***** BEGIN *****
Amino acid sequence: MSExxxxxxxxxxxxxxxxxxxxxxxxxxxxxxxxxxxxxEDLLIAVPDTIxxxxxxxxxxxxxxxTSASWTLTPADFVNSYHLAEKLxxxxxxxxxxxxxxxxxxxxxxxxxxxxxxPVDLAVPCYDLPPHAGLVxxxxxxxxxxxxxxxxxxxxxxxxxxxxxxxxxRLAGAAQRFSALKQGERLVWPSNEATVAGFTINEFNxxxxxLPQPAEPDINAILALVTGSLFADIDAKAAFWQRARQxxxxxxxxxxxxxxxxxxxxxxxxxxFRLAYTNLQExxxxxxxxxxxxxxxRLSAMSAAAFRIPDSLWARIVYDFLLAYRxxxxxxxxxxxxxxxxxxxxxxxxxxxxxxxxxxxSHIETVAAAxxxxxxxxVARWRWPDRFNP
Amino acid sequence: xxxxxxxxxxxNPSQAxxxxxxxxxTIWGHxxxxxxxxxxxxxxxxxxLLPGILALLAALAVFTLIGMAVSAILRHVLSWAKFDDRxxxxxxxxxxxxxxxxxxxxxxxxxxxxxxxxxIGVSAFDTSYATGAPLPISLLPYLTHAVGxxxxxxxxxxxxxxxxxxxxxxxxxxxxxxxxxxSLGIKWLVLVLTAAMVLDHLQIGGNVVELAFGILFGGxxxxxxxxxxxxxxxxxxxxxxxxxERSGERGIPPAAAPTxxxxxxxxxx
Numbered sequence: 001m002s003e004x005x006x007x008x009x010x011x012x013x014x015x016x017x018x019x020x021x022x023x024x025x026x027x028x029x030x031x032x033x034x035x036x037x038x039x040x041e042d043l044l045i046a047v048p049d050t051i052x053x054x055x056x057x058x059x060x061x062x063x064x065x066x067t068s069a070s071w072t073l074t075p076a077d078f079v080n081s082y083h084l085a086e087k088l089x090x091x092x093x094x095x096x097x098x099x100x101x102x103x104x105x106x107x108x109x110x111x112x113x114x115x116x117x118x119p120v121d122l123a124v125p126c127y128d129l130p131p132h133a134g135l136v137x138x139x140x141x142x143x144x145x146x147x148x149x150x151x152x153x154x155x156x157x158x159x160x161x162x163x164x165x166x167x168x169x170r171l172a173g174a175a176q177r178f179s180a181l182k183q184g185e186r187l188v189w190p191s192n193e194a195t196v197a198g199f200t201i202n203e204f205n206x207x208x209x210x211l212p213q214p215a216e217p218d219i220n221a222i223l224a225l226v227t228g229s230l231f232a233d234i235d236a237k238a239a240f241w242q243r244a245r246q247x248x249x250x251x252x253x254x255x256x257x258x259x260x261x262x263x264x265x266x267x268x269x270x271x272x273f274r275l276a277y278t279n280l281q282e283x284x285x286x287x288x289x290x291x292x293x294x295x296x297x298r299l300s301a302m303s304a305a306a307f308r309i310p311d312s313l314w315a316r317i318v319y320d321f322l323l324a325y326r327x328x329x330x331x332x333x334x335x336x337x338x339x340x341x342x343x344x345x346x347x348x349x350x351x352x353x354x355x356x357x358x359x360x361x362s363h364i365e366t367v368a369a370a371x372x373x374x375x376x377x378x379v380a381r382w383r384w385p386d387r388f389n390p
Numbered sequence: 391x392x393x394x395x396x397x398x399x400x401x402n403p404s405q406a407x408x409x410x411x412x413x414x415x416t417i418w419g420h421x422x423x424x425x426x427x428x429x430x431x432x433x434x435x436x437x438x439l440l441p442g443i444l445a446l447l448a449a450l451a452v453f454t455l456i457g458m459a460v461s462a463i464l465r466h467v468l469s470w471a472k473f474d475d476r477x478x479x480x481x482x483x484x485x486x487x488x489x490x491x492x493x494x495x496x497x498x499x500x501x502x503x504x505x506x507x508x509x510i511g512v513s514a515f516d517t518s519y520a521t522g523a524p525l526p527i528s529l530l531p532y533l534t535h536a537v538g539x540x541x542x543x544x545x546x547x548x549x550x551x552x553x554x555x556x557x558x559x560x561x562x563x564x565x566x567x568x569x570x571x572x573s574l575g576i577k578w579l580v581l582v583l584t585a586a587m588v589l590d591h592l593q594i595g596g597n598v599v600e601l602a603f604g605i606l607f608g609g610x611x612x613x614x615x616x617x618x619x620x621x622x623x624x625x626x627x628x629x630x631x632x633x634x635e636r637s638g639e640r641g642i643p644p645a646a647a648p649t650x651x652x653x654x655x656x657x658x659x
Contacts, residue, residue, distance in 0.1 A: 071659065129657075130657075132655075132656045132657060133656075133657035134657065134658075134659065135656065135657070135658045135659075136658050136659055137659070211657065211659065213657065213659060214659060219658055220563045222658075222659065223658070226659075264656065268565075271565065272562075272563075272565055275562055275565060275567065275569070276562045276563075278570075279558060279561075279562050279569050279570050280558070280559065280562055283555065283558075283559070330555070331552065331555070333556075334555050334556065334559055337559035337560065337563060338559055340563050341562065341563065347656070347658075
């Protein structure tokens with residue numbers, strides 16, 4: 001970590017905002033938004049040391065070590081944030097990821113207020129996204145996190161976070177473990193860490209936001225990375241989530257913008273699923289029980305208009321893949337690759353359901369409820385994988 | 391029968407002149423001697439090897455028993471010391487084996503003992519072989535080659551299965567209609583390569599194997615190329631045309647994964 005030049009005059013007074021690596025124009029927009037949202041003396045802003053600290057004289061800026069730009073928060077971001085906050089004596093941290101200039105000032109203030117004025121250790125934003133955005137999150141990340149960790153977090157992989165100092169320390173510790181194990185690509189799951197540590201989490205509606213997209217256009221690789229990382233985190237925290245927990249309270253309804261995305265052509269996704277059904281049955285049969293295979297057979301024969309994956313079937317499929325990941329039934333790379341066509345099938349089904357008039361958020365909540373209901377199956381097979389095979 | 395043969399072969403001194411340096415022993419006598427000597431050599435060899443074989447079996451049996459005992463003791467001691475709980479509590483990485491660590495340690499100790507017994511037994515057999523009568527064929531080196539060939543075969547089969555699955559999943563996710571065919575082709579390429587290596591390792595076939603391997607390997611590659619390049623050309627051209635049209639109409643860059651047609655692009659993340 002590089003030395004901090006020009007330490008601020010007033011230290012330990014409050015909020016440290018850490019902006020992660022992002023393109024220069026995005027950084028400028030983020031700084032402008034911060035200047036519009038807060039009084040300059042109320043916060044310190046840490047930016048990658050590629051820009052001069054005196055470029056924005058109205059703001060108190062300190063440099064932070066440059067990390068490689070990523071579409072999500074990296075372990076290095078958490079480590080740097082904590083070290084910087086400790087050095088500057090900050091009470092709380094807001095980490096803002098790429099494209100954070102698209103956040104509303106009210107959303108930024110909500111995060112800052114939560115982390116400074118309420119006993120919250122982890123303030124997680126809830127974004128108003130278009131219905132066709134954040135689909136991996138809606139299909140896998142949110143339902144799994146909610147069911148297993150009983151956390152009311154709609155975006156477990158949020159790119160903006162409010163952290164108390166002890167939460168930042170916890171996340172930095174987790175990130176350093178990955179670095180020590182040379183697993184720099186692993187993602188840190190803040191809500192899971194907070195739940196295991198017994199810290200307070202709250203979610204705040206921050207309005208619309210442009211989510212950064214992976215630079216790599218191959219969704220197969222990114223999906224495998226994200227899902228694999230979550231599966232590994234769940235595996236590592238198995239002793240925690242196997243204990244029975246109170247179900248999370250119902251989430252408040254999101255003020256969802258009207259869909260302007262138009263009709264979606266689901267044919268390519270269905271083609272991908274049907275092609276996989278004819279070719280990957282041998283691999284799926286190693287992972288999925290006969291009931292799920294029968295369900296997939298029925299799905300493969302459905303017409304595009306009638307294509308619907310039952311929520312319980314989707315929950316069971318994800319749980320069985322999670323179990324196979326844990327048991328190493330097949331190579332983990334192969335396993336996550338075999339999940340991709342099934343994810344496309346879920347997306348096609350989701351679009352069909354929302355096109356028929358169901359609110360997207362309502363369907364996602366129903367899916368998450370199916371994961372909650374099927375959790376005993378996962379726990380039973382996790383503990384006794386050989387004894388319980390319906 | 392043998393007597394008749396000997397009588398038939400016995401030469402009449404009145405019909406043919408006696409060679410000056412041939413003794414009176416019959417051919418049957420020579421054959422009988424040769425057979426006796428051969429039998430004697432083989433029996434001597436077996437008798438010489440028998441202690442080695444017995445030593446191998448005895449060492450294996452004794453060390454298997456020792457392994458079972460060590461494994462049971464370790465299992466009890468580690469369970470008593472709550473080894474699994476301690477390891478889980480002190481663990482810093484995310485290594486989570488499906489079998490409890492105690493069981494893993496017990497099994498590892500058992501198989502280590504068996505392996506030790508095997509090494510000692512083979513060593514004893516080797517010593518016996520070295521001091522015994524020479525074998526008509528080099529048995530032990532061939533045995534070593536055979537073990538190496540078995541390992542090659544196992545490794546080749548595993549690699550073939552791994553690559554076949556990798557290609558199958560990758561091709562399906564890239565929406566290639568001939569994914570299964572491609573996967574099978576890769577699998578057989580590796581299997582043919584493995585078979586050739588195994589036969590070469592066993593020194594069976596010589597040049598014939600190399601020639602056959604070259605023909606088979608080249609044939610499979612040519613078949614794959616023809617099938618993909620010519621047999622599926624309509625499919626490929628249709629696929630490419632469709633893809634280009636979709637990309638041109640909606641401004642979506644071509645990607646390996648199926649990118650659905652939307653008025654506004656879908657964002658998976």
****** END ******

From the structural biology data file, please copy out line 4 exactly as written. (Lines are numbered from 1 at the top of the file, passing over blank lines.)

Numbered sequence: 391x392x393x394x395x396x397x398x399x400x401x402n403p404s405q406a407x408x409x410x411x412x413x414x415x416t417i418w419g420h421x422x423x424x425x426x427x428x429x430x431x432x433x434x435x436x437x438x439l440l441p442g443i444l445a446l447l448a449a450l451a452v453f454t455l456i457g458m459a460v461s462a463i464l465r466h467v468l469s470w471a472k473f474d475d476r477x478x479x480x481x482x483x484x485x486x487x488x489x490x491x492x493x494x495x496x497x498x499x500x501x502x503x504x505x506x507x508x509x510i511g512v513s514a515f516d517t518s519y520a521t522g523a524p525l526p527i528s529l530l531p532y533l534t535h536a537v538g539x540x541x542x543x544x545x546x547x548x549x550x551x552x553x554x555x556x557x558x559x560x561x562x563x564x565x566x567x568x569x570x571x572x573s574l575g576i577k578w579l580v581l582v583l584t585a586a587m588v589l590d591h592l593q594i595g596g597n598v599v600e601l602a603f604g605i606l607f608g609g610x611x612x613x614x615x616x617x618x619x620x621x622x623x624x625x626x627x628x629x630x631x632x633x634x635e636r637s638g639e640r641g642i643p644p645a646a647a648p649t650x651x652x653x654x655x656x657x658x659x